‘Development will not spoil historic buildings’
THE developer behind plans to transform a university campus into a housing estate has promised to ensure a sustainable future for the historic site.
The grounds of Edinburgh Napier University contain seven A-listed buildings but The Craighouse Partnership is convinced its proposals will preserve the integrity of the old buildings after the last students leave the campus in May to take up residence at a new facility in the Sighthill area.
The company, which comprises Sundial Properties, Mountgrange Real Estate Opportunity Fund and Edinburgh Napier University, has submitted a revised planning application for the 51-acre Craighouse Campus. The project, designed by Edinburgh architect Oberlanders and conservation oractice Simpson & Brown, could see a total of 153 homes, reduced from the 200 originally proposed.
The revised submission comprises 64 conversions and 89 new-build properties and the developer has also moved to reassure residents who expressed concerns about the potential loss of access to the site, regularly used by locals for recreation.
“We have had two rounds of formal consultation events, in September 2011 and March this year, where the public has seen our plans and given us their detailed comments,” explained William Gray Muir, managing director of Sundial.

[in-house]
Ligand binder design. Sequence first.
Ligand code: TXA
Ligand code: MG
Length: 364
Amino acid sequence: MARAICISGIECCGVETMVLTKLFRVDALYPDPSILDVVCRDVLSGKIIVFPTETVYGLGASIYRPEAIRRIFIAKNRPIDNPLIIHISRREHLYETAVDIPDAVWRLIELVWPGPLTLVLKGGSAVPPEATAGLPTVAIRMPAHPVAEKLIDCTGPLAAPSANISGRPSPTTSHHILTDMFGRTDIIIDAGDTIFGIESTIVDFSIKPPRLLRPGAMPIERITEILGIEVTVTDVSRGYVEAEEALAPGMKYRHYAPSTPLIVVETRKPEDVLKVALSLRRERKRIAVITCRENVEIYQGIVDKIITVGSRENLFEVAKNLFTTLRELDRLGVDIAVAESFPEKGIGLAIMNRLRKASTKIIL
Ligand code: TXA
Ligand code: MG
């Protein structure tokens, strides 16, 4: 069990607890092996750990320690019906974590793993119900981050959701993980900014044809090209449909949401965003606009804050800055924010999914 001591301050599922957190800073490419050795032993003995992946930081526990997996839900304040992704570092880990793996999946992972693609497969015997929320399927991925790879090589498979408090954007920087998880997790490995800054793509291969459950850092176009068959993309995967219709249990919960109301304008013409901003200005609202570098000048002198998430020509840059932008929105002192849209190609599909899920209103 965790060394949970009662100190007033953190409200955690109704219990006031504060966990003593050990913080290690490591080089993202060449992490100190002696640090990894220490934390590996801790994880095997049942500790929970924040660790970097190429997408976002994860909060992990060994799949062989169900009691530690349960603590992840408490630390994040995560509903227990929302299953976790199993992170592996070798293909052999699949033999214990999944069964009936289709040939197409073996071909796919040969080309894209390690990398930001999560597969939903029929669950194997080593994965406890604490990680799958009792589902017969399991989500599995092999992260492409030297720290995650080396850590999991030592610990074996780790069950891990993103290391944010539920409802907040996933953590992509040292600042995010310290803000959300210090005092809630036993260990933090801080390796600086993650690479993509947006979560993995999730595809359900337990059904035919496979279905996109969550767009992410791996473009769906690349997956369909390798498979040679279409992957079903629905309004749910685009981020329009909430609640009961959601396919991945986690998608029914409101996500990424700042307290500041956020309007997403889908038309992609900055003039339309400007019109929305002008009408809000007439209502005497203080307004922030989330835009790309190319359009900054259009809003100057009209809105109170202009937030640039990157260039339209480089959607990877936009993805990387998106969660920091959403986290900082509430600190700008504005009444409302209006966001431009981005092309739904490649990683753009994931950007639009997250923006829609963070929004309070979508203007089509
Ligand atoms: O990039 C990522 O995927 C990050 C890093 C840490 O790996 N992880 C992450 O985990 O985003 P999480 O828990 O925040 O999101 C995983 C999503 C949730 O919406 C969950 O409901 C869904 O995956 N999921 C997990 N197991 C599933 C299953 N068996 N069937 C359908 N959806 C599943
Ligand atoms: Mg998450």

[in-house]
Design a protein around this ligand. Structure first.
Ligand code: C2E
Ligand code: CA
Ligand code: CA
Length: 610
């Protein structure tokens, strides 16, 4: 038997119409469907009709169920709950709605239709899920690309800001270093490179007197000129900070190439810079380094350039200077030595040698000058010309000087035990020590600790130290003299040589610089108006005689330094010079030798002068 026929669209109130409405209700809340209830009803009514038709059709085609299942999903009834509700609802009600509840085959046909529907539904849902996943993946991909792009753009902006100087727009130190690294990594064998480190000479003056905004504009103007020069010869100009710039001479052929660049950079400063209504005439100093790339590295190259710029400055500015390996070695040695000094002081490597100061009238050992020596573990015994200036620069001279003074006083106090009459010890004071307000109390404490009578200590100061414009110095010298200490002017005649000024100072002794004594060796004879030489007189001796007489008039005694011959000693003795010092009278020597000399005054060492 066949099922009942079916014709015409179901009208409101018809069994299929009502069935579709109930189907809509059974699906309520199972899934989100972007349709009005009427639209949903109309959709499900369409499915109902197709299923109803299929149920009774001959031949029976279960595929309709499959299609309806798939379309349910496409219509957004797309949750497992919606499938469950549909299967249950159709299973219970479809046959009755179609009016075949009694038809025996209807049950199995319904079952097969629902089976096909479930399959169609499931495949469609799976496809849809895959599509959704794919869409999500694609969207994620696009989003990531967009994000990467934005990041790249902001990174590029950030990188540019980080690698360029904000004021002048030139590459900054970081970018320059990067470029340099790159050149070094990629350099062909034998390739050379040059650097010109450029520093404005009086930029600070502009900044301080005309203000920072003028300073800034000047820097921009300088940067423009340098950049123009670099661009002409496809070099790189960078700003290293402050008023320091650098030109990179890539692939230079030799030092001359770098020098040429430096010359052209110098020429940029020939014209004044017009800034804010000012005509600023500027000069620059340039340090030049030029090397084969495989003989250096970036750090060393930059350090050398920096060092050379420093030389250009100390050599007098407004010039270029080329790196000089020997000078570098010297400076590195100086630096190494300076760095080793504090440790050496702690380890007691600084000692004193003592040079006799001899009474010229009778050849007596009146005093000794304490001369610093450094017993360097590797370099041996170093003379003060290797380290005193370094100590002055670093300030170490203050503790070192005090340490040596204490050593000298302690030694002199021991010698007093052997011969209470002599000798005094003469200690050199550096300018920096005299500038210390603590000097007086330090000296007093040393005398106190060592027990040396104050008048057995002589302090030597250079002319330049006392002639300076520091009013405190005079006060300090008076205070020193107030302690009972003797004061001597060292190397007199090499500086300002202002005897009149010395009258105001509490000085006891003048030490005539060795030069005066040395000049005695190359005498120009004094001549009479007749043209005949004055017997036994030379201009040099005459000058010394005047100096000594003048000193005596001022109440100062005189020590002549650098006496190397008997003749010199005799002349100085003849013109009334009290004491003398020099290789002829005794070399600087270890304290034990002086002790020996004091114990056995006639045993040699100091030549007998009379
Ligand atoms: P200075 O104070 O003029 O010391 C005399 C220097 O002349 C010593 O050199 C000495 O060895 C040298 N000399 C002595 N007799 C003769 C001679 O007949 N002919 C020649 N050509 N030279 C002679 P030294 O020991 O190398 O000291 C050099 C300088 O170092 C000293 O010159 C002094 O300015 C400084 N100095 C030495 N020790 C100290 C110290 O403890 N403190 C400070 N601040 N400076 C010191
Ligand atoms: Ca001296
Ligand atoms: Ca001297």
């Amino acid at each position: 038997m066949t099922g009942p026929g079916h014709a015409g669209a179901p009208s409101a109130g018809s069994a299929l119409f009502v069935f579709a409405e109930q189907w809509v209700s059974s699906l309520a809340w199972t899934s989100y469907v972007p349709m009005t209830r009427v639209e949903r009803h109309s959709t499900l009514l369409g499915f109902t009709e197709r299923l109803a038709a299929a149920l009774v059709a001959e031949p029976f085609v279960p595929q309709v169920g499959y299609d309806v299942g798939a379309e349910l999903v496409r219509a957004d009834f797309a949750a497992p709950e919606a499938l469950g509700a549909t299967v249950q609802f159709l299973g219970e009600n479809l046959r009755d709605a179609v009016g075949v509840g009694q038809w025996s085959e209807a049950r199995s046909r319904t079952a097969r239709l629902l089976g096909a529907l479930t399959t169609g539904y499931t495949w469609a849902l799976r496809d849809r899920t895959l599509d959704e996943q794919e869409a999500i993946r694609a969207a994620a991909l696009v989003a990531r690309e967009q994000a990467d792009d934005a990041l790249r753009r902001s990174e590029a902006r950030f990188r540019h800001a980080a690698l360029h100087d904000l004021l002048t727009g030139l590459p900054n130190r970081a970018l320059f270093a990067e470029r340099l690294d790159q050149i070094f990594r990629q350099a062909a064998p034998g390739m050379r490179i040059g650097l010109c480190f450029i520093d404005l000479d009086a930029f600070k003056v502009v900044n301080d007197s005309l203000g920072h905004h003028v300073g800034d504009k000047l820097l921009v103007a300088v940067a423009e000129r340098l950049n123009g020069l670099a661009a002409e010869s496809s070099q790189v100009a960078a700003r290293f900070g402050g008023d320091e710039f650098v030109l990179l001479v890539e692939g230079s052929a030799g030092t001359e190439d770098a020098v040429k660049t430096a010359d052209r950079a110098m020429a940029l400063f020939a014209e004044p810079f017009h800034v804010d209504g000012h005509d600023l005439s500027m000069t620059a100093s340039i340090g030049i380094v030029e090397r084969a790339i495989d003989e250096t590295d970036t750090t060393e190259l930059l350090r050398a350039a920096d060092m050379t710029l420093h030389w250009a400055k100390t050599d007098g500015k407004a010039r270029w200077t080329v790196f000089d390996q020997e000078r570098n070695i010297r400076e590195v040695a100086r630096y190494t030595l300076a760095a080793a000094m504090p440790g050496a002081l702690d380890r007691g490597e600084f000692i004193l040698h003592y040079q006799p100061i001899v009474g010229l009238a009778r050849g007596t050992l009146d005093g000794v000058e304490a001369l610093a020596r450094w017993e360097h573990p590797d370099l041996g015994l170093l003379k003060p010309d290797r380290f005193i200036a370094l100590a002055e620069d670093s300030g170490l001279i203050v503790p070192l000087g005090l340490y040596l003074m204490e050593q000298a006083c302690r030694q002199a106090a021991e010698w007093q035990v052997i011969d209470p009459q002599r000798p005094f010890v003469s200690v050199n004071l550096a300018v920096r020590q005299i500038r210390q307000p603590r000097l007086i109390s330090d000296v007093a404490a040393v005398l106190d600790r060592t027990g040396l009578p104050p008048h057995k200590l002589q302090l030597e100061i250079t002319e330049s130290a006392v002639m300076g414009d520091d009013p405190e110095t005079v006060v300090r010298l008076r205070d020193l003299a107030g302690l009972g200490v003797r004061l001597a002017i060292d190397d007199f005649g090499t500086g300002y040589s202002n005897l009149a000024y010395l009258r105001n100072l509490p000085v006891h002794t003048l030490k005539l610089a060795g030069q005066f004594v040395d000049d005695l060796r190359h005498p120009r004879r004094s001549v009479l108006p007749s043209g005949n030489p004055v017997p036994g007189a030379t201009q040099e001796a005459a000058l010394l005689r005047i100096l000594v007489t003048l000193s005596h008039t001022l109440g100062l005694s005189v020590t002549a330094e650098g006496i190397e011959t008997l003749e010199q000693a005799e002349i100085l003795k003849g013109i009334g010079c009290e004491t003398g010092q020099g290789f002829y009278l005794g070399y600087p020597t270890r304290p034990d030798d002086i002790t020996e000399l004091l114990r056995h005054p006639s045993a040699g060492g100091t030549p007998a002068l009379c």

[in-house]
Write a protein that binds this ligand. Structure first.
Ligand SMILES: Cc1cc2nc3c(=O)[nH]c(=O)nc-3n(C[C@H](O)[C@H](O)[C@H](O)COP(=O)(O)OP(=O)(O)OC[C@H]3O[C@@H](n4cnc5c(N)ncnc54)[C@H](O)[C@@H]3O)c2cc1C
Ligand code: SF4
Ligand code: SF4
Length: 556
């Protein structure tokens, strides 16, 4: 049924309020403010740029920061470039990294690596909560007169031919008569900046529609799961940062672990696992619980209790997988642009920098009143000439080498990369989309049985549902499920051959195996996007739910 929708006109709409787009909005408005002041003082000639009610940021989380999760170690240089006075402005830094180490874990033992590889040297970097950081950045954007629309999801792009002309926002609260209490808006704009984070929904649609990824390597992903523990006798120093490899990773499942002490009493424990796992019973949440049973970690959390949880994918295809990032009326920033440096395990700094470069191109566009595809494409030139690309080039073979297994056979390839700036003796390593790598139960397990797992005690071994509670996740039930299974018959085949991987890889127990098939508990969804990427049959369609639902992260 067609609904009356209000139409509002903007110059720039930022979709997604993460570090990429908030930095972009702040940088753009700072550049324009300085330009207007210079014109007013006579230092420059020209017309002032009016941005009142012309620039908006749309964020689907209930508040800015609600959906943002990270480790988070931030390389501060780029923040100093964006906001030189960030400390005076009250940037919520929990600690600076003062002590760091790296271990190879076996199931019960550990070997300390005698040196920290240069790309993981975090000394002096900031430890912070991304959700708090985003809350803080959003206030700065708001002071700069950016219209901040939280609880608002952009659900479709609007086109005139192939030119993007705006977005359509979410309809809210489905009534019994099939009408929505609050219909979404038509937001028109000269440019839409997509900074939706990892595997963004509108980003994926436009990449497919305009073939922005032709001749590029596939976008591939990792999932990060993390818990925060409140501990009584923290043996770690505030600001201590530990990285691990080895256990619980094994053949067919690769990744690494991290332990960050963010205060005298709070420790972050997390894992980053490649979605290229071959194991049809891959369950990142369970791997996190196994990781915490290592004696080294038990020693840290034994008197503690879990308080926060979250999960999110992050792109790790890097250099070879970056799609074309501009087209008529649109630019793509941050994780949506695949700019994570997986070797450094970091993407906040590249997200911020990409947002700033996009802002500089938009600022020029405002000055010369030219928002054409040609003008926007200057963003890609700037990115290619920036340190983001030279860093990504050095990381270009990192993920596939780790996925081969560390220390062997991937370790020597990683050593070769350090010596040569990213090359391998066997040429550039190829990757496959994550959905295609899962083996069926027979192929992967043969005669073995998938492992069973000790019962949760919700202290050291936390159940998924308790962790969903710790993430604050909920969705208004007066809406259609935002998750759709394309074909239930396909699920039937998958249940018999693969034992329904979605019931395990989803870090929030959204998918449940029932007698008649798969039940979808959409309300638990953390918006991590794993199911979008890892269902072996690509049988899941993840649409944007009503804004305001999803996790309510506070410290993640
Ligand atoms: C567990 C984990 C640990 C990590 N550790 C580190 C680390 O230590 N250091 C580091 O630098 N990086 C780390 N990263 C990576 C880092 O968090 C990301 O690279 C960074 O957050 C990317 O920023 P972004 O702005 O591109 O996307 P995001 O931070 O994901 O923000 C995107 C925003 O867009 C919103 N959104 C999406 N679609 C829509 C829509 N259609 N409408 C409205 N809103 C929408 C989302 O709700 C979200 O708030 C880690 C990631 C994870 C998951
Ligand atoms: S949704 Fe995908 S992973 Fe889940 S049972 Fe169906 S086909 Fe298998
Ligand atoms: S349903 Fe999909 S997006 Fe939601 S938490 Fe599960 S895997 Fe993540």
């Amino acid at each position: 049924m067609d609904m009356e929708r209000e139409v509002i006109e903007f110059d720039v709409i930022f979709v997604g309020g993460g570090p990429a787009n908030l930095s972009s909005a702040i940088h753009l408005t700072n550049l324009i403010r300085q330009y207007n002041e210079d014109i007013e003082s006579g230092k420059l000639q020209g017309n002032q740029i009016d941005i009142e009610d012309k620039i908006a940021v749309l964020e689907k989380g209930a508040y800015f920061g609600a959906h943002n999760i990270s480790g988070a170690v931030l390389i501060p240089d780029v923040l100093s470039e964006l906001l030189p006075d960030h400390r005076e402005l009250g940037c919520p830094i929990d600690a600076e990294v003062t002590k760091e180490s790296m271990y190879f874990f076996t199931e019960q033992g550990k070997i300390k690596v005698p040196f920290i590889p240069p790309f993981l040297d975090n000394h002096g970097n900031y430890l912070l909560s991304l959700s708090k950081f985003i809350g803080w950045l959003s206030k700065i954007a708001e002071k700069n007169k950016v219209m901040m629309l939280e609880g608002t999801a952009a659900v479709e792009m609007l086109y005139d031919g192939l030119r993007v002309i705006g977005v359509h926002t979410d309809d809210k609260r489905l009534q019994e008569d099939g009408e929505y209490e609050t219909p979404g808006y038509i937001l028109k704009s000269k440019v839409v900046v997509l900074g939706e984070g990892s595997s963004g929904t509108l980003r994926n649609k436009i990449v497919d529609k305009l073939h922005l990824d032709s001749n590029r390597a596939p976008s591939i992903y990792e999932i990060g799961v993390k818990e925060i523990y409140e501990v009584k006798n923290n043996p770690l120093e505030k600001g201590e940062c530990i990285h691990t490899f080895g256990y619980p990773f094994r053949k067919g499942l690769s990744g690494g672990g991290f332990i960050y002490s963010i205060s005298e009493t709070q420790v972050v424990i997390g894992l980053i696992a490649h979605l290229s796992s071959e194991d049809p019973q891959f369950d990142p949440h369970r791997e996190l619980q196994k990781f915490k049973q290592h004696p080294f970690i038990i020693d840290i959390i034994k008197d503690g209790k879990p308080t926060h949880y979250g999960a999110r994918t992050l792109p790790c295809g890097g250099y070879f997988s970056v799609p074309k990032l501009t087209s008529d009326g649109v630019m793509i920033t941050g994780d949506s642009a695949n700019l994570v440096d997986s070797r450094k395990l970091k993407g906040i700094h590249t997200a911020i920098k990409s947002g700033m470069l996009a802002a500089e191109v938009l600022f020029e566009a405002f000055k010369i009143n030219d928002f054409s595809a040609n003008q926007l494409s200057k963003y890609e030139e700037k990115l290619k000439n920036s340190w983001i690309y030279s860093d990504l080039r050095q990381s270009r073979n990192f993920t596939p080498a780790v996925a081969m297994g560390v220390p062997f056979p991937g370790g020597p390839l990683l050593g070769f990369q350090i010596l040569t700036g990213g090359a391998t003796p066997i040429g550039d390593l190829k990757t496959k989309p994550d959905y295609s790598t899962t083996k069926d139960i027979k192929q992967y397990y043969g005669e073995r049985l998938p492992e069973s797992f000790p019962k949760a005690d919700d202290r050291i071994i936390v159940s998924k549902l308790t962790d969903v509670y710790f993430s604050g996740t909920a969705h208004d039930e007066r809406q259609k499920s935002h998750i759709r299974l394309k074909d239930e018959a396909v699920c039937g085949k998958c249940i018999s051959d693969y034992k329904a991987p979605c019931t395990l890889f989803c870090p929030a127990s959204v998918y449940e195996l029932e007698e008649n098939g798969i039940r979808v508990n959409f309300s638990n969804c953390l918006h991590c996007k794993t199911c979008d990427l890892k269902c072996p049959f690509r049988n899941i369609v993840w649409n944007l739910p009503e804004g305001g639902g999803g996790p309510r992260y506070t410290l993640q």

“In addition to this we have put in place a thorough programme of community engagement with the establishment of an independently chaired liaison forum and numerous meetings with community councils and other interested groups.
“The most consistent concerns which were expressed to us were over our original proposal to build on the orchard area and over how legally robust the guarantees of continued public access over private ground could be. Our final proposals very positively address these issues, by removing all new building from the orchard area and seeking to gift the majority of the green space into public ownership to protect public access in perpetuity.”
As well as the developer’s promise to maintain public access to the grounds, the local authority is consulting residents on a proposal to transfer a significant portion of land to community ownership, a move supported by the developer.
The proposals seek to minimise loss of green space with only 3.5% of the site being built on, the majority of which is on car parks, tarmac or previously consented land.
As part of the scheme, it is proposed to hand over the majority of green space into public ownership to guarantee public access. A major planting scheme will increase the number of trees on site by more than 250.
The original building on site, Old Craig, is being restored to a single home in its private walled garden. Modern alterations will be removed and many of the original rooms reinstated. A replacement render colour, based on historical investigation, will be used in place of the 1990s pink.
Designs for the new buildings include “high quality” materials inspired by the historic buildings. Sandstone and lime render will be used together with slate, zinc and lead for roofs. The aim is to blend modern design with traditional Scottish details and finishes where appropriate.
Muir added: “The changes brought about as a result of our engagement with the public are reflected in the planning application now submitted to City of Edinburgh Council for their consideration.
“We have listened to local people and made substantial changes as a result.”